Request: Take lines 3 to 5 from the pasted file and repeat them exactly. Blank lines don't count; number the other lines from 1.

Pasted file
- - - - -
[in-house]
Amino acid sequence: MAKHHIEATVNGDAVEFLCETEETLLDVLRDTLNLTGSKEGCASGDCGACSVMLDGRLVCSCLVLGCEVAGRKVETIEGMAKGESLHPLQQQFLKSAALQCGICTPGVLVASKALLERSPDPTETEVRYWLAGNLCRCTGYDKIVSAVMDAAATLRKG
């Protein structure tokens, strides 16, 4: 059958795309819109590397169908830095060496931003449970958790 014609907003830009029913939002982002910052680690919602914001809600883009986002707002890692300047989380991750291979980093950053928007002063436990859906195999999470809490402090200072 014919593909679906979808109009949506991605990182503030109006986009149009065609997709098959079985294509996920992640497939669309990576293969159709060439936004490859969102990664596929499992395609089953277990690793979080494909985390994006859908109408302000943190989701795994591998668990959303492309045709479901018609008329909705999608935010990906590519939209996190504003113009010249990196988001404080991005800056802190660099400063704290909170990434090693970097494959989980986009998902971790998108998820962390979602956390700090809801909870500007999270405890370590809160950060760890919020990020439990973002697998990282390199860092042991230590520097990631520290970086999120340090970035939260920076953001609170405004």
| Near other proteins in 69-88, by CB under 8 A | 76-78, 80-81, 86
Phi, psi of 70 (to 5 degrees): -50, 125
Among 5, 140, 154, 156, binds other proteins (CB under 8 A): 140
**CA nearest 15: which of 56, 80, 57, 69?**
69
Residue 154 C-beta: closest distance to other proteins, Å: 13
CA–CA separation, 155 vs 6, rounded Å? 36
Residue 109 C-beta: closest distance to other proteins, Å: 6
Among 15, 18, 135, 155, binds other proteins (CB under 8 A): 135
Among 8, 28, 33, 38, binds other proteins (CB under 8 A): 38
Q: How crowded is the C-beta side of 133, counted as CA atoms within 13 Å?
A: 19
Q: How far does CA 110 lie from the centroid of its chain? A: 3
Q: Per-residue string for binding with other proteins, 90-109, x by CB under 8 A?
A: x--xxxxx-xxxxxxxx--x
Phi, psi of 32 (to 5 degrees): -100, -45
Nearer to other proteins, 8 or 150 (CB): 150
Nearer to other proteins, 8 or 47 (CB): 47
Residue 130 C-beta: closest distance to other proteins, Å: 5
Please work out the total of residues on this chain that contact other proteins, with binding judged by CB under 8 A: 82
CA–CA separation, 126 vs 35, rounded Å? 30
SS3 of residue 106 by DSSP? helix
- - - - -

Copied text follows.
């Protein structure tokens, strides 16, 4: 059958795309819109590397169908830095060496931003449970958790 014609907003830009029913939002982002910052680690919602914001809600883009986002707002890692300047989380991750291979980093950053928007002063436990859906195999999470809490402090200072 014919593909679906979808109009949506991605990182503030109006986009149009065609997709098959079985294509996920992640497939669309990576293969159709060439936004490859969102990664596929499992395609089953277990690793979080494909985390994006859908109408302000943190989701795994591998668990959303492309045709479901018609008329909705999608935010990906590519939209996190504003113009010249990196988001404080991005800056802190660099400063704290909170990434090693970097494959989980986009998902971790998108998820962390979602956390700090809801909870500007999270405890370590809160950060760890919020990020439990973002697998990282390199860092042991230590520097990631520290970086999120340090970035939260920076953001609170405004």
| Near other proteins in 69-88, by CB under 8 A | 76-78, 80-81, 86
Phi, psi of 70 (to 5 degrees): -50, 125